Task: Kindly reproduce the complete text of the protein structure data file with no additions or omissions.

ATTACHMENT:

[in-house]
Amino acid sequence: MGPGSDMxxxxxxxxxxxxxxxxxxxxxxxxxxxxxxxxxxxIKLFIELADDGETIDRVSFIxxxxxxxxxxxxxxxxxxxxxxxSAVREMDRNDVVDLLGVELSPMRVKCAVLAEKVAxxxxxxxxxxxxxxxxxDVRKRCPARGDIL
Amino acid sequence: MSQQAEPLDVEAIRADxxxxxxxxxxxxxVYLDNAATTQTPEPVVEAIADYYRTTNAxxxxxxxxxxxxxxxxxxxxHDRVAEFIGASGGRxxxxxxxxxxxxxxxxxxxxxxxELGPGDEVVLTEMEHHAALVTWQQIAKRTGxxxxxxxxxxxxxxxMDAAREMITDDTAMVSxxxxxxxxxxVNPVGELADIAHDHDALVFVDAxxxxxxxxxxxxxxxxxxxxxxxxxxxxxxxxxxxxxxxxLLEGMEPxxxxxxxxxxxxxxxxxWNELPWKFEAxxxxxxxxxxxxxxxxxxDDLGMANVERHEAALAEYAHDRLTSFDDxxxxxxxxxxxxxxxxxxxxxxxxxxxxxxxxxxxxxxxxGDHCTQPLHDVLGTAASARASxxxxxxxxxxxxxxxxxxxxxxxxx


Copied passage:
[in-house]
Amino acid sequence: MGPGSDMxxxxxxxxxxxxxxxxxxxxxxxxxxxxxxxxxxxIKLFIELADDGETIDRVSFIxxxxxxxxxxxxxxxxxxxxxxxSAVREMDRNDVVDLLGVELSPMRVKCAVLAEKVAxxxxxxxxxxxxxxxxxDVRKRCPARGDIL
Amino acid sequence: MSQQAEPLDVEAIRADxxxxxxxxxxxxxVYLDNAATTQTPEPVVEAIADYYRTTNAxxxxxxxxxxxxxxxxxxxxHDRVAEFIGASGGRxxxxxxxxxxxxxxxxxxxxxxxELGPGDEVVLTEMEHHAALVTWQQIAKRTGxxxxxxxxxxxxxxxMDAAREMITDDTAMVSxxxxxxxxxxVNPVGELADIAHDHDALVFVDAxxxxxxxxxxxxxxxxxxxxxxxxxxxxxxxxxxxxxxxxLLEGMEPxxxxxxxxxxxxxxxxxWNELPWKFEAxxxxxxxxxxxxxxxxxxDDLGMANVERHEAALAEYAHDRLTSFDDxxxxxxxxxxxxxxxxxxxxxxxxxxxxxxxxxxxxxxxxGDHCTQPLHDVLGTAASARASxxxxxxxxxxxxxxxxxxxxxxxxx